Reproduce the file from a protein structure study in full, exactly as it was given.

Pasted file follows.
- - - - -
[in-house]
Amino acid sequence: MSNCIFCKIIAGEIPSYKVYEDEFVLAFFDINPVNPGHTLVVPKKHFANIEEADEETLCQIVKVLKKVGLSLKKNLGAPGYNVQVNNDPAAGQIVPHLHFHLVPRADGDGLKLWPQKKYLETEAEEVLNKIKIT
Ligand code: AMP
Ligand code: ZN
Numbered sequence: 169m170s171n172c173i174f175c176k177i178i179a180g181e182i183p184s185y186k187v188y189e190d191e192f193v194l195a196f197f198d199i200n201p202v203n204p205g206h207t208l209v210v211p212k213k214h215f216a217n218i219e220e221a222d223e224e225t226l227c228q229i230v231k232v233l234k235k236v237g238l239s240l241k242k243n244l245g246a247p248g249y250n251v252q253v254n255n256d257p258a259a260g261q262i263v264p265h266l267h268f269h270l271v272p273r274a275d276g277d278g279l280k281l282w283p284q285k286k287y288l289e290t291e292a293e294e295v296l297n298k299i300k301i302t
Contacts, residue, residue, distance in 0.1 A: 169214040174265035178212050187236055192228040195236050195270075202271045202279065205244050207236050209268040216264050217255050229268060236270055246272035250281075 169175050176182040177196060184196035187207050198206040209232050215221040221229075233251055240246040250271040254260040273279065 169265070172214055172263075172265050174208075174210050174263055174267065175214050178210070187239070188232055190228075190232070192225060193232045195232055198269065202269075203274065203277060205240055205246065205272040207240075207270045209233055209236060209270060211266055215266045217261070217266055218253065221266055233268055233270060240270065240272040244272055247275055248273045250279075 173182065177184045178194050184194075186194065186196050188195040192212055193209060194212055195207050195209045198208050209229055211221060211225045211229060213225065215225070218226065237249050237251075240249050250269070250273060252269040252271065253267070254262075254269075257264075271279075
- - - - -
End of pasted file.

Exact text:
[in-house]
Amino acid sequence: MSNCIFCKIIAGEIPSYKVYEDEFVLAFFDINPVNPGHTLVVPKKHFANIEEADEETLCQIVKVLKKVGLSLKKNLGAPGYNVQVNNDPAAGQIVPHLHFHLVPRADGDGLKLWPQKKYLETEAEEVLNKIKIT
Ligand code: AMP
Ligand code: ZN
Numbered sequence: 169m170s171n172c173i174f175c176k177i178i179a180g181e182i183p184s185y186k187v188y189e190d191e192f193v194l195a196f197f198d199i200n201p202v203n204p205g206h207t208l209v210v211p212k213k214h215f216a217n218i219e220e221a222d223e224e225t226l227c228q229i230v231k232v233l234k235k236v237g238l239s240l241k242k243n244l245g246a247p248g249y250n251v252q253v254n255n256d257p258a259a260g261q262i263v264p265h266l267h268f269h270l271v272p273r274a275d276g277d278g279l280k281l282w283p284q285k286k287y288l289e290t291e292a293e294e295v296l297n298k299i300k301i302t
Contacts, residue, residue, distance in 0.1 A: 169214040174265035178212050187236055192228040195236050195270075202271045202279065205244050207236050209268040216264050217255050229268060236270055246272035250281075 169175050176182040177196060184196035187207050198206040209232050215221040221229075233251055240246040250271040254260040273279065 169265070172214055172263075172265050174208075174210050174263055174267065175214050178210070187239070188232055190228075190232070192225060193232045195232055198269065202269075203274065203277060205240055205246065205272040207240075207270045209233055209236060209270060211266055215266045217261070217266055218253065221266055233268055233270060240270065240272040244272055247275055248273045250279075 173182065177184045178194050184194075186194065186196050188195040192212055193209060194212055195207050195209045198208050209229055211221060211225045211229060213225065215225070218226065237249050237251075240249050250269070250273060252269040252271065253267070254262075254269075257264075271279075